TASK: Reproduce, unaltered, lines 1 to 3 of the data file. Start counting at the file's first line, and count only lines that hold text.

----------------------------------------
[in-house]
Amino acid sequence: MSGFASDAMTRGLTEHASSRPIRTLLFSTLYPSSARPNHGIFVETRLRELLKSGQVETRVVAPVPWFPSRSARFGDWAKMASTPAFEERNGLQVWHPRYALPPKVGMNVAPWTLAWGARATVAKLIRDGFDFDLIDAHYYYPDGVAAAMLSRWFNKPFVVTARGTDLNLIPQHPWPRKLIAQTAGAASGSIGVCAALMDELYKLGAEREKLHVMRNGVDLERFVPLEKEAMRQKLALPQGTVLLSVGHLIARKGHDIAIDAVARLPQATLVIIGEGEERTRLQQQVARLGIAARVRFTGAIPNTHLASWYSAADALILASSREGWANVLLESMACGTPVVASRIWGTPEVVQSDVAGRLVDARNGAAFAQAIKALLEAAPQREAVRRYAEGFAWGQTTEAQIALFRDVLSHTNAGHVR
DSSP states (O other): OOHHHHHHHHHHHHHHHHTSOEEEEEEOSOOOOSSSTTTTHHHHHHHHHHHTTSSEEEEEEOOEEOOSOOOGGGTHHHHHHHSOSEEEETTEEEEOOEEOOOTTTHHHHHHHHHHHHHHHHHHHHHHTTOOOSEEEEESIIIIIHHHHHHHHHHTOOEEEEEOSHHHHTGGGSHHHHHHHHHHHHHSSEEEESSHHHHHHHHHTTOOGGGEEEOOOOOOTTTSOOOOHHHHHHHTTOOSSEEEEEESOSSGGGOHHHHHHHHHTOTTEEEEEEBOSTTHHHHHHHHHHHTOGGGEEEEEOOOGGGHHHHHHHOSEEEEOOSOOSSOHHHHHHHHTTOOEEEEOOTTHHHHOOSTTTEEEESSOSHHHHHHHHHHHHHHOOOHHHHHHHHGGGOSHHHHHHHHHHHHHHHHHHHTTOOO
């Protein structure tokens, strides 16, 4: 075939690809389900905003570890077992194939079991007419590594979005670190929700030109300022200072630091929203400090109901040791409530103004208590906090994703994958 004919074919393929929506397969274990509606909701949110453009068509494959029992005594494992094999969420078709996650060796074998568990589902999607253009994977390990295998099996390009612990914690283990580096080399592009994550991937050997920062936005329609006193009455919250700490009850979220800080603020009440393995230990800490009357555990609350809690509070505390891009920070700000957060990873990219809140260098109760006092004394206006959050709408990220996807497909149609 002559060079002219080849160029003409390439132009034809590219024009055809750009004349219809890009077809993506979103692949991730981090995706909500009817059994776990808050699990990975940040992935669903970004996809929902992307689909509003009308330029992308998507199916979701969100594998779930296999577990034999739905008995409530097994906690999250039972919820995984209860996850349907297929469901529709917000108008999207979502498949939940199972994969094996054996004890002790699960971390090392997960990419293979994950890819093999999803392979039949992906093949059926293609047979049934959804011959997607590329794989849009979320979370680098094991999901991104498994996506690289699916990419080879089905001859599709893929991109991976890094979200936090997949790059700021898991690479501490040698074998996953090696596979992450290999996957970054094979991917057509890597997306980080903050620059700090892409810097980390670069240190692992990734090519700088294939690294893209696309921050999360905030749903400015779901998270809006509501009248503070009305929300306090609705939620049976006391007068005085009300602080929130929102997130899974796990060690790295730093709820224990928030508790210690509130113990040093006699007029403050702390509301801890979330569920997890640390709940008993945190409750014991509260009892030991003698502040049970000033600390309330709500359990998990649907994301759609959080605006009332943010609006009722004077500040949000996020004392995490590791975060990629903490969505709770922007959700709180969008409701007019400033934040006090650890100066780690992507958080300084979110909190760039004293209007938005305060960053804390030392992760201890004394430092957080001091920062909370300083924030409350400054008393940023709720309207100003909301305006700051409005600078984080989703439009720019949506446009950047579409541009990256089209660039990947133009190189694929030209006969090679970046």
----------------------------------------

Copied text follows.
[in-house]
Amino acid sequence: MSGFASDAMTRGLTEHASSRPIRTLLFSTLYPSSARPNHGIFVETRLRELLKSGQVETRVVAPVPWFPSRSARFGDWAKMASTPAFEERNGLQVWHPRYALPPKVGMNVAPWTLAWGARATVAKLIRDGFDFDLIDAHYYYPDGVAAAMLSRWFNKPFVVTARGTDLNLIPQHPWPRKLIAQTAGAASGSIGVCAALMDELYKLGAEREKLHVMRNGVDLERFVPLEKEAMRQKLALPQGTVLLSVGHLIARKGHDIAIDAVARLPQATLVIIGEGEERTRLQQQVARLGIAARVRFTGAIPNTHLASWYSAADALILASSREGWANVLLESMACGTPVVASRIWGTPEVVQSDVAGRLVDARNGAAFAQAIKALLEAAPQREAVRRYAEGFAWGQTTEAQIALFRDVLSHTNAGHVR
DSSP states (O other): OOHHHHHHHHHHHHHHHHTSOEEEEEEOSOOOOSSSTTTTHHHHHHHHHHHTTSSEEEEEEOOEEOOSOOOGGGTHHHHHHHSOSEEEETTEEEEOOEEOOOTTTHHHHHHHHHHHHHHHHHHHHHHTTOOOSEEEEESIIIIIHHHHHHHHHHTOOEEEEEOSHHHHTGGGSHHHHHHHHHHHHHSSEEEESSHHHHHHHHHTTOOGGGEEEOOOOOOTTTSOOOOHHHHHHHTTOOSSEEEEEESOSSGGGOHHHHHHHHHTOTTEEEEEEBOSTTHHHHHHHHHHHTOGGGEEEEEOOOGGGHHHHHHHOSEEEEOOSOOSSOHHHHHHHHTTOOEEEEOOTTHHHHOOSTTTEEEESSOSHHHHHHHHHHHHHHOOOHHHHHHHHGGGOSHHHHHHHHHHHHHHHHHHHTTOOO